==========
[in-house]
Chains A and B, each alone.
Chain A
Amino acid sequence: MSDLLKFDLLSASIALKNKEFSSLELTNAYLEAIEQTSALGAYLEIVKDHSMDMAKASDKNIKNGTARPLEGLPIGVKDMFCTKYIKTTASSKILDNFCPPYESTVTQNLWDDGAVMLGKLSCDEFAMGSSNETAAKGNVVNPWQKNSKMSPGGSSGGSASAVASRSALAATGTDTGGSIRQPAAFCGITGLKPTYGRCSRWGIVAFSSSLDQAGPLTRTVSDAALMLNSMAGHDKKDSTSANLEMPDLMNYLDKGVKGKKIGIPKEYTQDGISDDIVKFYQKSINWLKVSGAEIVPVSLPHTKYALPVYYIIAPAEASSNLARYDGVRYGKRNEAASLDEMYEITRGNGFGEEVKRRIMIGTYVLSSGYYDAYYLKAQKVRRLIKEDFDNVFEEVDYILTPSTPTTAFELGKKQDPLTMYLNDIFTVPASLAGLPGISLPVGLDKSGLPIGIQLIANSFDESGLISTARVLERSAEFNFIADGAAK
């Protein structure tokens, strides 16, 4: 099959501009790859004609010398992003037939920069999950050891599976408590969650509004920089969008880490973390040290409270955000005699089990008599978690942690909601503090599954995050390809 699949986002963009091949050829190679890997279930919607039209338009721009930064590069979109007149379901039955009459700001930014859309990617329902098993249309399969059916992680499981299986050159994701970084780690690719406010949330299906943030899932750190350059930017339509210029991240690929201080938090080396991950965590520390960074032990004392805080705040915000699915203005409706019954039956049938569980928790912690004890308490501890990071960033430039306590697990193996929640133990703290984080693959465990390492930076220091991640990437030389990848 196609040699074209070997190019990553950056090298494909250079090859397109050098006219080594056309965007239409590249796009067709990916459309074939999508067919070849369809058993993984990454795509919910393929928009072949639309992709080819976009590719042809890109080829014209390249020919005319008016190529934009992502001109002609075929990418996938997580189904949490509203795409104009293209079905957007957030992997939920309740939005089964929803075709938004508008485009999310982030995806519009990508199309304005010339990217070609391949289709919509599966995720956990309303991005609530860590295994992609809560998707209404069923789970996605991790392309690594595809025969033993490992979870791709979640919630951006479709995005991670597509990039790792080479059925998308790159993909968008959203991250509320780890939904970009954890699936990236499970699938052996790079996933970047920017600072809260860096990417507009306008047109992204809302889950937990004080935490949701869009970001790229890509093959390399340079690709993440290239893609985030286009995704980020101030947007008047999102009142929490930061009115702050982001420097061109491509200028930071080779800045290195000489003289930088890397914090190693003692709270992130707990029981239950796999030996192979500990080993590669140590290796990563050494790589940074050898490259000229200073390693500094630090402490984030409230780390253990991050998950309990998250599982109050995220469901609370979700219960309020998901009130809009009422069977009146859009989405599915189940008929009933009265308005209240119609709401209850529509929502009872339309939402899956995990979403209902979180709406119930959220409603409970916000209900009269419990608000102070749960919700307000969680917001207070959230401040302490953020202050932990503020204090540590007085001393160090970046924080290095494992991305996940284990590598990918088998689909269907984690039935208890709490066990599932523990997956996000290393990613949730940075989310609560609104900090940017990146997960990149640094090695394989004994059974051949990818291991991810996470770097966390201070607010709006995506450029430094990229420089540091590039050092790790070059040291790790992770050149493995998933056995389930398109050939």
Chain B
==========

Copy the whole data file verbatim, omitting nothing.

[in-house]
Chains A and B, each alone.
Chain A
Amino acid sequence: MSDLLKFDLLSASIALKNKEFSSLELTNAYLEAIEQTSALGAYLEIVKDHSMDMAKASDKNIKNGTARPLEGLPIGVKDMFCTKYIKTTASSKILDNFCPPYESTVTQNLWDDGAVMLGKLSCDEFAMGSSNETAAKGNVVNPWQKNSKMSPGGSSGGSASAVASRSALAATGTDTGGSIRQPAAFCGITGLKPTYGRCSRWGIVAFSSSLDQAGPLTRTVSDAALMLNSMAGHDKKDSTSANLEMPDLMNYLDKGVKGKKIGIPKEYTQDGISDDIVKFYQKSINWLKVSGAEIVPVSLPHTKYALPVYYIIAPAEASSNLARYDGVRYGKRNEAASLDEMYEITRGNGFGEEVKRRIMIGTYVLSSGYYDAYYLKAQKVRRLIKEDFDNVFEEVDYILTPSTPTTAFELGKKQDPLTMYLNDIFTVPASLAGLPGISLPVGLDKSGLPIGIQLIANSFDESGLISTARVLERSAEFNFIADGAAK
């Protein structure tokens, strides 16, 4: 099959501009790859004609010398992003037939920069999950050891599976408590969650509004920089969008880490973390040290409270955000005699089990008599978690942690909601503090599954995050390809 699949986002963009091949050829190679890997279930919607039209338009721009930064590069979109007149379901039955009459700001930014859309990617329902098993249309399969059916992680499981299986050159994701970084780690690719406010949330299906943030899932750190350059930017339509210029991240690929201080938090080396991950965590520390960074032990004392805080705040915000699915203005409706019954039956049938569980928790912690004890308490501890990071960033430039306590697990193996929640133990703290984080693959465990390492930076220091991640990437030389990848 196609040699074209070997190019990553950056090298494909250079090859397109050098006219080594056309965007239409590249796009067709990916459309074939999508067919070849369809058993993984990454795509919910393929928009072949639309992709080819976009590719042809890109080829014209390249020919005319008016190529934009992502001109002609075929990418996938997580189904949490509203795409104009293209079905957007957030992997939920309740939005089964929803075709938004508008485009999310982030995806519009990508199309304005010339990217070609391949289709919509599966995720956990309303991005609530860590295994992609809560998707209404069923789970996605991790392309690594595809025969033993490992979870791709979640919630951006479709995005991670597509990039790792080479059925998308790159993909968008959203991250509320780890939904970009954890699936990236499970699938052996790079996933970047920017600072809260860096990417507009306008047109992204809302889950937990004080935490949701869009970001790229890509093959390399340079690709993440290239893609985030286009995704980020101030947007008047999102009142929490930061009115702050982001420097061109491509200028930071080779800045290195000489003289930088890397914090190693003692709270992130707990029981239950796999030996192979500990080993590669140590290796990563050494790589940074050898490259000229200073390693500094630090402490984030409230780390253990991050998950309990998250599982109050995220469901609370979700219960309020998901009130809009009422069977009146859009989405599915189940008929009933009265308005209240119609709401209850529509929502009872339309939402899956995990979403209902979180709406119930959220409603409970916000209900009269419990608000102070749960919700307000969680917001207070959230401040302490953020202050932990503020204090540590007085001393160090970046924080290095494992991305996940284990590598990918088998689909269907984690039935208890709490066990599932523990997956996000290393990613949730940075989310609560609104900090940017990146997960990149640094090695394989004994059974051949990818291991991810996470770097966390201070607010709006995506450029430094990229420089540091590039050092790790070059040291790790992770050149493995998933056995389930398109050939």
Chain B